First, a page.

Written Assignment 2
We have discussed why, at least on paper, mark-and-sweep is an inferior garbage collection strategy for languages (such as ones that do not expose pointer operations) that permit implementations to move data in memory. Yet even for such languages, most memory managers use a mark-and-sweep strategy for their large-object space. Give one reason why mark-and-sweep might be preferable on such objects. State two standard objections to mark-and-sweep, and explain why they dont apply in this context. For each reason, first state the objection, then explain why it doesn't apply.
Suppose we have multiple kinds of data of different sizes. In the heap representations we studied in class, the type tag is always at the first address (i.e., at offset 0) that represents a value. Should it matter where the tag resides? For instance, why not put the tag at the last address rather than the first? (The more concrete you are, the more brief you can be.)
A program that consumes some amount of stack, when converted to CPS and run, suddenly consumes no stack space at all. Why?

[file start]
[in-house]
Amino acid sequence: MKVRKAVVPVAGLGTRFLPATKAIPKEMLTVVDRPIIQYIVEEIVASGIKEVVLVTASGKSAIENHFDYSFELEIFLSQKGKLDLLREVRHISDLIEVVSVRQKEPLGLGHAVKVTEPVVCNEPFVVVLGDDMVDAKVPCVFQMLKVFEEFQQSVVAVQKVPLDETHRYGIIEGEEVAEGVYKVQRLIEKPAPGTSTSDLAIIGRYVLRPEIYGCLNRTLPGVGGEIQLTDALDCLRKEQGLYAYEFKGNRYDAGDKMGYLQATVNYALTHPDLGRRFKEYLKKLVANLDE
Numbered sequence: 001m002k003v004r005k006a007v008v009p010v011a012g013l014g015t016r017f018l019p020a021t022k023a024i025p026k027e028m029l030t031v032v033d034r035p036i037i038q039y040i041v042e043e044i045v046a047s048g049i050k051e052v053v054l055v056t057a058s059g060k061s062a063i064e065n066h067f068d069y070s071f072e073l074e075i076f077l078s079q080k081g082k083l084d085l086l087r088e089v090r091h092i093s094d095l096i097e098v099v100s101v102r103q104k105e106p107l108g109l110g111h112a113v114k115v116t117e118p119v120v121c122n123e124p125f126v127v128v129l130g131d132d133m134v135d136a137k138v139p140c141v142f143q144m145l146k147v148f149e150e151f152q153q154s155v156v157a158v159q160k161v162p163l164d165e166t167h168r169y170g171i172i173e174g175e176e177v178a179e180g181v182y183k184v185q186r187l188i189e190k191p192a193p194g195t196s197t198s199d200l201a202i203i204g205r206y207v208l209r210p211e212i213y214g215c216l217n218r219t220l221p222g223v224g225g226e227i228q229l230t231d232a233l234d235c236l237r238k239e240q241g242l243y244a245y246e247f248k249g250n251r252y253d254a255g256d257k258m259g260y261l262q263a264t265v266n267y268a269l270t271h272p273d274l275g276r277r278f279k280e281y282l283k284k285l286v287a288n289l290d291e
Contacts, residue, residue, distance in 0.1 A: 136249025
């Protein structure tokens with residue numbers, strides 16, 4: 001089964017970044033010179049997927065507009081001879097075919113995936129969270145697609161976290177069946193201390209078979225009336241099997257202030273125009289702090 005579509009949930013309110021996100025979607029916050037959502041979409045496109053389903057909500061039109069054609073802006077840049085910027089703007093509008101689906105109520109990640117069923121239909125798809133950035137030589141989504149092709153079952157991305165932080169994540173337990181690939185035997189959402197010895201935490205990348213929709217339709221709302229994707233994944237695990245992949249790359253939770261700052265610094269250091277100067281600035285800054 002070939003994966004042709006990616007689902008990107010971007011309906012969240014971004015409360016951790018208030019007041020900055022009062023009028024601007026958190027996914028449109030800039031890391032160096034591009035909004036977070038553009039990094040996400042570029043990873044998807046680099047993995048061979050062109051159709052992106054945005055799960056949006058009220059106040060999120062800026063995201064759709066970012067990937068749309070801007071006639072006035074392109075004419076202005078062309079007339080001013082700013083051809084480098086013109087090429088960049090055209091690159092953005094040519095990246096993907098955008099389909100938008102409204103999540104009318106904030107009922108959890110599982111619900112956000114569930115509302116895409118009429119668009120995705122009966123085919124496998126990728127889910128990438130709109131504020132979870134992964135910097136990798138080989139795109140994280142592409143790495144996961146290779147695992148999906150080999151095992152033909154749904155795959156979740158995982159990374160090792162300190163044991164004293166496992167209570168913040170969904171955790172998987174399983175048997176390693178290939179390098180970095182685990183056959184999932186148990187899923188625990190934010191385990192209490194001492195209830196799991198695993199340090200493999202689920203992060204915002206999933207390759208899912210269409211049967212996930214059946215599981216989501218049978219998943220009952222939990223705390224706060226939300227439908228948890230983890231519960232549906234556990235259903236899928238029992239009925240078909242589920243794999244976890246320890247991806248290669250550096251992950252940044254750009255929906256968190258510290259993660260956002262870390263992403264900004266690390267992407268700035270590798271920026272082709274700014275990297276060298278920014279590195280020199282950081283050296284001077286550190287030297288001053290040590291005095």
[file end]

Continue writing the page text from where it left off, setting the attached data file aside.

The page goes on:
A generational garbage collector naturally tracks references from newer objects (ones allocated more recently) to older ones. A major challenge is keeping track of references that go the other way: from old objects to new. What in the design of a copying generational collector makes it natural for the collector to track references from new to old, rather than vice versa? Distinguish between variable mutation and value mutation. In variable mutation, we change the value held by a variable itself. In value mutation, the variable still refers to the same object; it's the content of the object that changes. (For example, set! in Scheme implements variable mutation, while vector-set! implements value mutation.) Which of these does a generational collector need to track specially? For each one, state whether it is or isn't tracked, with a brief justification for why or why not.